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as pictured, approx. 3 inches long, including unusual 'tails'
spotted on driveway and moved to garden
Chaenorrhium is correct. http://www.dallaszooed.com/animalfacts/a.....So, in spite of its name this spotting doesn't fit your mission.http://www.projectnoah.org/spottings/148...
Water scorpions are insects, not arachnids. The 'stinger' is actually a breathing tube.
Please join Scorpions of Florida.http://www.projectnoah.org/missions/2237...
I thought those were mites; thanks for confirming.
Your waterscorpion also has the typical mite load on its legs (the red-colored bumps). See the link for close-up images of mites....http://bugguide.net/node/view/502346
Because we have so many wading birds and ducks that travel between different bodies of water I was thinking this fellow may have been trapped in feathers and transported. And we have a serious deficit in rain this year. thank you for the introduction to these interesting creatures.
They typically hang out in weedy, stagnant ponds here in Ohio. I don't think they'd attract a bird's attention. Since they breathe air (the 'tails' are held together as a breathing tube) and suck fluids from fish and other bugs, I think they could get away with somewhat salty water. Or maybe it got flushed downstream if you had a recent storm and crawled up out of the water because it *was* brackish.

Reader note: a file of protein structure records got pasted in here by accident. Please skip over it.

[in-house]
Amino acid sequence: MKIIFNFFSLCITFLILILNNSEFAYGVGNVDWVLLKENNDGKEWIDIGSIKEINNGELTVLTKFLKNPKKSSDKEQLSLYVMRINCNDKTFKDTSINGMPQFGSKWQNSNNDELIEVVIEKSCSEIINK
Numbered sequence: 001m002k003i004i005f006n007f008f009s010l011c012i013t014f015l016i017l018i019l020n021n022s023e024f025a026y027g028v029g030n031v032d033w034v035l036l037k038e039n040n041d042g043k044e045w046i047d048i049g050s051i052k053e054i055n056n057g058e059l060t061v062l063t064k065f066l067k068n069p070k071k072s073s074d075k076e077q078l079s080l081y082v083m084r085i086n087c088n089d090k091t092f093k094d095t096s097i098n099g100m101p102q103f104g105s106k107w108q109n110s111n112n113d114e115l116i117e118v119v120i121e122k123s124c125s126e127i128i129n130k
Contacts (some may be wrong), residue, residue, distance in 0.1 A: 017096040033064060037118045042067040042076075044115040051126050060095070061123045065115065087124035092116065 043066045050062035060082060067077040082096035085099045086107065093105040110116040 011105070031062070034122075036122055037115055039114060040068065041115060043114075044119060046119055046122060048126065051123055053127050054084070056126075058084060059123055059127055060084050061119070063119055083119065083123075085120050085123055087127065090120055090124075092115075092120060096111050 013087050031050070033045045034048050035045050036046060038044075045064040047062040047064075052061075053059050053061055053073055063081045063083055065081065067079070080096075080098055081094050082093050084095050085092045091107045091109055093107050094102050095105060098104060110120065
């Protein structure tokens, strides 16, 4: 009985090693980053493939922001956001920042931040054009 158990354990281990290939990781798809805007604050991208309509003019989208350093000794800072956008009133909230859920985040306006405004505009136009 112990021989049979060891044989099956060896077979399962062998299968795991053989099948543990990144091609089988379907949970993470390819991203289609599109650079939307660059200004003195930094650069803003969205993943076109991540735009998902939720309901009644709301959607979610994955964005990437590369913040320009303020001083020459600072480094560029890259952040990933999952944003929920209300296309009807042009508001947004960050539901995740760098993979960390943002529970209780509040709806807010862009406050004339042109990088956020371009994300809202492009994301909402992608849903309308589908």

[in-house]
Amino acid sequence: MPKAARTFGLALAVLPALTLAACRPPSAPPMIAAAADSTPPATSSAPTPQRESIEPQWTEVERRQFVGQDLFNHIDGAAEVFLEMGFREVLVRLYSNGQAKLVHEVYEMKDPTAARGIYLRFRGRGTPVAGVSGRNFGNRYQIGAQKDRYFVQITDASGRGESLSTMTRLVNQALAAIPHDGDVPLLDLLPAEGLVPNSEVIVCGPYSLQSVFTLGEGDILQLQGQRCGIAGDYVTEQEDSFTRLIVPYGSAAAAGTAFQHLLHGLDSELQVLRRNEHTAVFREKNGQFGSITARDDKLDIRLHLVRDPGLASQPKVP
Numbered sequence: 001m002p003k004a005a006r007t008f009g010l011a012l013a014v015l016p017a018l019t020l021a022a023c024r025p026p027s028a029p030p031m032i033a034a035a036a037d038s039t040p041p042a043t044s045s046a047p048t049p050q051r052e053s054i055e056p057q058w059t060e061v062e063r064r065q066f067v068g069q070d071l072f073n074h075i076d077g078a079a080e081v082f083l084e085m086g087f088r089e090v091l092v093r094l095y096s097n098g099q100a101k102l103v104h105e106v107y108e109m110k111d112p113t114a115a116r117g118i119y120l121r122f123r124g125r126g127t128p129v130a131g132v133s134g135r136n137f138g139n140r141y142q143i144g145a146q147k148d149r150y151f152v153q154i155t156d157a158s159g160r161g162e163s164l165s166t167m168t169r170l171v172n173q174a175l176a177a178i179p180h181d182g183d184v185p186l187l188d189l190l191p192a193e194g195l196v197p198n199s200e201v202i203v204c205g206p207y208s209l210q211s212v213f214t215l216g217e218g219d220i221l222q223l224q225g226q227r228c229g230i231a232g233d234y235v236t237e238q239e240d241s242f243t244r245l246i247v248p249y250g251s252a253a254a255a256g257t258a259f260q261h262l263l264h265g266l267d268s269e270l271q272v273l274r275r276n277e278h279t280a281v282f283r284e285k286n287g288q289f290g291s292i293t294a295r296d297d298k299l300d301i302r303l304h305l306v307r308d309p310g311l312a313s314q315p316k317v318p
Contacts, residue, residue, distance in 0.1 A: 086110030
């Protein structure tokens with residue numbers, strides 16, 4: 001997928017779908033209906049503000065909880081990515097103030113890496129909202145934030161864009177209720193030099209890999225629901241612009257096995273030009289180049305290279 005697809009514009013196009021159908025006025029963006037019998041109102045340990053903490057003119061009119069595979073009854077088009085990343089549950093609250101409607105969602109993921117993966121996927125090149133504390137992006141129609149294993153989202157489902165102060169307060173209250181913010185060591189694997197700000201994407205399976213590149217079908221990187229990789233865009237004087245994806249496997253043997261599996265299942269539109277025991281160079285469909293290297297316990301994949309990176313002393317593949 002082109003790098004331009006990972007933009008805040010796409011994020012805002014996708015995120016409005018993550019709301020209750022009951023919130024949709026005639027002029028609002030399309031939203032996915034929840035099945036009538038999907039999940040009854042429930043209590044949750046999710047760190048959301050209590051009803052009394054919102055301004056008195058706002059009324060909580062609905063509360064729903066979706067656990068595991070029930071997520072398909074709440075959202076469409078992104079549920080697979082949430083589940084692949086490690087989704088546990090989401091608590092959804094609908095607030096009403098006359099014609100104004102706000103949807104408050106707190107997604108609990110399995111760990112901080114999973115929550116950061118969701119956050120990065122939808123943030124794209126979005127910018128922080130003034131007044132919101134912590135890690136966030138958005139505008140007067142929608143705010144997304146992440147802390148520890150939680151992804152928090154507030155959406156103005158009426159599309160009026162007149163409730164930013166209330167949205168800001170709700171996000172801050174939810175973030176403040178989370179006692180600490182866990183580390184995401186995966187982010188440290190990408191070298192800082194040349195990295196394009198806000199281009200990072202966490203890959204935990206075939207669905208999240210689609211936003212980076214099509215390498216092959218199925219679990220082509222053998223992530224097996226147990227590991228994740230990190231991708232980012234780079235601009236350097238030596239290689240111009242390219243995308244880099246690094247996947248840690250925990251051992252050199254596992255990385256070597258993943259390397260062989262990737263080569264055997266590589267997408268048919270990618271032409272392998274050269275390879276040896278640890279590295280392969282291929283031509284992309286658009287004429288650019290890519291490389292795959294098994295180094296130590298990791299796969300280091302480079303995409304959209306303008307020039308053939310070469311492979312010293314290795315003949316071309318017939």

I thought the same thing, Karen when I saw it crawling across the driveway. But I decided it was a peculiar mantis when I picked it up. Wrong!Chaenorrhinum has it right--it is a water scorpion! Now the mystery: nearby water is a brackish river. Is it possible the poor thing was dropped by one of the birds that may have flown by from fresh water farther inland?
Is there standing water nearby? This looks a lot like a water scorpion.
Not seen one like this before - at first glance I thought it was a phasmatodea!
Lat: 28.43, Long: -80.76
Spotted on Feb 24, 2012 Submitted on Feb 26, 2012